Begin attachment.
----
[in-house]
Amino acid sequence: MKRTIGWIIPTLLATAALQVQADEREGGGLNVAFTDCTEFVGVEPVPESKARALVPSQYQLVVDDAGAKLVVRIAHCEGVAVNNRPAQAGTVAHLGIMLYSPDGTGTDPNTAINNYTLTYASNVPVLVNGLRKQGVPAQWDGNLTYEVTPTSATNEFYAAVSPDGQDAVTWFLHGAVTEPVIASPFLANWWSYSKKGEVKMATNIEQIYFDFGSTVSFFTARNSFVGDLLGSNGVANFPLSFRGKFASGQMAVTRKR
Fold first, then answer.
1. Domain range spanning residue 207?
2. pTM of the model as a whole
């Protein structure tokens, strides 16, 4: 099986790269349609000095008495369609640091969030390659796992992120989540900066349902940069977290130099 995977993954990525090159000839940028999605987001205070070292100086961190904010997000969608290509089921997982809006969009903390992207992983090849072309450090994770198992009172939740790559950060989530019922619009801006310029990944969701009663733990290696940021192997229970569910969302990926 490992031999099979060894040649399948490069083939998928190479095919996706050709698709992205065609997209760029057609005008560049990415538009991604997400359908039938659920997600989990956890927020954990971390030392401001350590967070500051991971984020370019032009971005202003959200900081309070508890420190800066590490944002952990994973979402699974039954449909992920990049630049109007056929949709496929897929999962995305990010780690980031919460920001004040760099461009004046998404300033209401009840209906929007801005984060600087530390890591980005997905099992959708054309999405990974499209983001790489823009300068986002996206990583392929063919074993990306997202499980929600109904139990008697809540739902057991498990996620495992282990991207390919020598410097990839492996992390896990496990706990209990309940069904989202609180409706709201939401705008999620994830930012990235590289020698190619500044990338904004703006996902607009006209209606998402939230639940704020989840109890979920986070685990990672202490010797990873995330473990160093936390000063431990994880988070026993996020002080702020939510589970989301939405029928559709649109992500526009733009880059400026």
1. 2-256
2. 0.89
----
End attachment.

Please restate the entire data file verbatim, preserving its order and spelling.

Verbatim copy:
[in-house]
Amino acid sequence: MKRTIGWIIPTLLATAALQVQADEREGGGLNVAFTDCTEFVGVEPVPESKARALVPSQYQLVVDDAGAKLVVRIAHCEGVAVNNRPAQAGTVAHLGIMLYSPDGTGTDPNTAINNYTLTYASNVPVLVNGLRKQGVPAQWDGNLTYEVTPTSATNEFYAAVSPDGQDAVTWFLHGAVTEPVIASPFLANWWSYSKKGEVKMATNIEQIYFDFGSTVSFFTARNSFVGDLLGSNGVANFPLSFRGKFASGQMAVTRKR
Fold first, then answer.
1. Domain range spanning residue 207?
2. pTM of the model as a whole
């Protein structure tokens, strides 16, 4: 099986790269349609000095008495369609640091969030390659796992992120989540900066349902940069977290130099 995977993954990525090159000839940028999605987001205070070292100086961190904010997000969608290509089921997982809006969009903390992207992983090849072309450090994770198992009172939740790559950060989530019922619009801006310029990944969701009663733990290696940021192997229970569910969302990926 490992031999099979060894040649399948490069083939998928190479095919996706050709698709992205065609997209760029057609005008560049990415538009991604997400359908039938659920997600989990956890927020954990971390030392401001350590967070500051991971984020370019032009971005202003959200900081309070508890420190800066590490944002952990994973979402699974039954449909992920990049630049109007056929949709496929897929999962995305990010780690980031919460920001004040760099461009004046998404300033209401009840209906929007801005984060600087530390890591980005997905099992959708054309999405990974499209983001790489823009300068986002996206990583392929063919074993990306997202499980929600109904139990008697809540739902057991498990996620495992282990991207390919020598410097990839492996992390896990496990706990209990309940069904989202609180409706709201939401705008999620994830930012990235590289020698190619500044990338904004703006996902607009006209209606998402939230639940704020989840109890979920986070685990990672202490010797990873995330473990160093936390000063431990994880988070026993996020002080702020939510589970989301939405029928559709649109992500526009733009880059400026």
1. 2-256
2. 0.89